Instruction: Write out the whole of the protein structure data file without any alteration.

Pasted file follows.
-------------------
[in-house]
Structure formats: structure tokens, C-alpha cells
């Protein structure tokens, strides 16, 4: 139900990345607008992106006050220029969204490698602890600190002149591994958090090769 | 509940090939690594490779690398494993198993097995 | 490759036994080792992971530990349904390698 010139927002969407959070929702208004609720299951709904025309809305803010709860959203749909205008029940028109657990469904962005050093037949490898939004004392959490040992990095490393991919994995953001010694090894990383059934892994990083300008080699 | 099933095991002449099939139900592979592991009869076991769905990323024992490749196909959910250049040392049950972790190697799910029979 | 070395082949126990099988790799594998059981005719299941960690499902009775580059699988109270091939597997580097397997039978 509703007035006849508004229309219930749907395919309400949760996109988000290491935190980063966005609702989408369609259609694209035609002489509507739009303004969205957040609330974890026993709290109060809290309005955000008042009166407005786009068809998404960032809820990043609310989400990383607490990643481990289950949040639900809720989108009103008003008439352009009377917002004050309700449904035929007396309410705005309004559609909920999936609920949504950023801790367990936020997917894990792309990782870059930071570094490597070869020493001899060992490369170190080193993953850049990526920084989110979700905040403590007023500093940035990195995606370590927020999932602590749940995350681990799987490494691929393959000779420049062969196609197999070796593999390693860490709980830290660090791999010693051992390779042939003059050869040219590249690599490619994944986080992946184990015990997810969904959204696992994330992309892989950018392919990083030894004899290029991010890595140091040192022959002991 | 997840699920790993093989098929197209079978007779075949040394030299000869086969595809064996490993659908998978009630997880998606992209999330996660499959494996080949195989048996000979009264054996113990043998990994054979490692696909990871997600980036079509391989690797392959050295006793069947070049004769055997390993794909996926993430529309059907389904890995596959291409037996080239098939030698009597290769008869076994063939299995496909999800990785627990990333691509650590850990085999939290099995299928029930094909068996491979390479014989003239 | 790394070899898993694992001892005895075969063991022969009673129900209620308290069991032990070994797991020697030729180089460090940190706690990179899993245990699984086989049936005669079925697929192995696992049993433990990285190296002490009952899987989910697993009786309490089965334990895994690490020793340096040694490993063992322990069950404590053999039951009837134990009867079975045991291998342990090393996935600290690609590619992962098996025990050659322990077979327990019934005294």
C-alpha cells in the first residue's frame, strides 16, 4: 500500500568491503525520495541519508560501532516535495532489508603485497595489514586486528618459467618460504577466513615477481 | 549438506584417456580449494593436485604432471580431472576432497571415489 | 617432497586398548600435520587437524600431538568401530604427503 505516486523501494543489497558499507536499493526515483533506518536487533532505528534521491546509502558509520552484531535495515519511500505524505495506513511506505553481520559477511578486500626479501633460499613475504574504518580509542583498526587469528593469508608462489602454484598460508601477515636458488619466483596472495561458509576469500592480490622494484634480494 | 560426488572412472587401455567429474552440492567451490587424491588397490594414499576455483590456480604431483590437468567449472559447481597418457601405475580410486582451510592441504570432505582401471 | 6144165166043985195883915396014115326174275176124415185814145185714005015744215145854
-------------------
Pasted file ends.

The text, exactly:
[in-house]
Structure formats: structure tokens, C-alpha cells
């Protein structure tokens, strides 16, 4: 139900990345607008992106006050220029969204490698602890600190002149591994958090090769 | 509940090939690594490779690398494993198993097995 | 490759036994080792992971530990349904390698 010139927002969407959070929702208004609720299951709904025309809305803010709860959203749909205008029940028109657990469904962005050093037949490898939004004392959490040992990095490393991919994995953001010694090894990383059934892994990083300008080699 | 099933095991002449099939139900592979592991009869076991769905990323024992490749196909959910250049040392049950972790190697799910029979 | 070395082949126990099988790799594998059981005719299941960690499902009775580059699988109270091939597997580097397997039978 509703007035006849508004229309219930749907395919309400949760996109988000290491935190980063966005609702989408369609259609694209035609002489509507739009303004969205957040609330974890026993709290109060809290309005955000008042009166407005786009068809998404960032809820990043609310989400990383607490990643481990289950949040639900809720989108009103008003008439352009009377917002004050309700449904035929007396309410705005309004559609909920999936609920949504950023801790367990936020997917894990792309990782870059930071570094490597070869020493001899060992490369170190080193993953850049990526920084989110979700905040403590007023500093940035990195995606370590927020999932602590749940995350681990799987490494691929393959000779420049062969196609197999070796593999390693860490709980830290660090791999010693051992390779042939003059050869040219590249690599490619994944986080992946184990015990997810969904959204696992994330992309892989950018392919990083030894004899290029991010890595140091040192022959002991 | 997840699920790993093989098929197209079978007779075949040394030299000869086969595809064996490993659908998978009630997880998606992209999330996660499959494996080949195989048996000979009264054996113990043998990994054979490692696909990871997600980036079509391989690797392959050295006793069947070049004769055997390993794909996926993430529309059907389904890995596959291409037996080239098939030698009597290769008869076994063939299995496909999800990785627990990333691509650590850990085999939290099995299928029930094909068996491979390479014989003239 | 790394070899898993694992001892005895075969063991022969009673129900209620308290069991032990070994797991020697030729180089460090940190706690990179899993245990699984086989049936005669079925697929192995696992049993433990990285190296002490009952899987989910697993009786309490089965334990895994690490020793340096040694490993063992322990069950404590053999039951009837134990009867079975045991291998342990090393996935600290690609590619992962098996025990050659322990077979327990019934005294």
C-alpha cells in the first residue's frame, strides 16, 4: 500500500568491503525520495541519508560501532516535495532489508603485497595489514586486528618459467618460504577466513615477481 | 549438506584417456580449494593436485604432471580431472576432497571415489 | 617432497586398548600435520587437524600431538568401530604427503 505516486523501494543489497558499507536499493526515483533506518536487533532505528534521491546509502558509520552484531535495515519511500505524505495506513511506505553481520559477511578486500626479501633460499613475504574504518580509542583498526587469528593469508608462489602454484598460508601477515636458488619466483596472495561458509576469500592480490622494484634480494 | 560426488572412472587401455567429474552440492567451490587424491588397490594414499576455483590456480604431483590437468567449472559447481597418457601405475580410486582451510592441504570432505582401471 | 6144165166043985195883915396014115326174275176124415185814145185714005015744215145854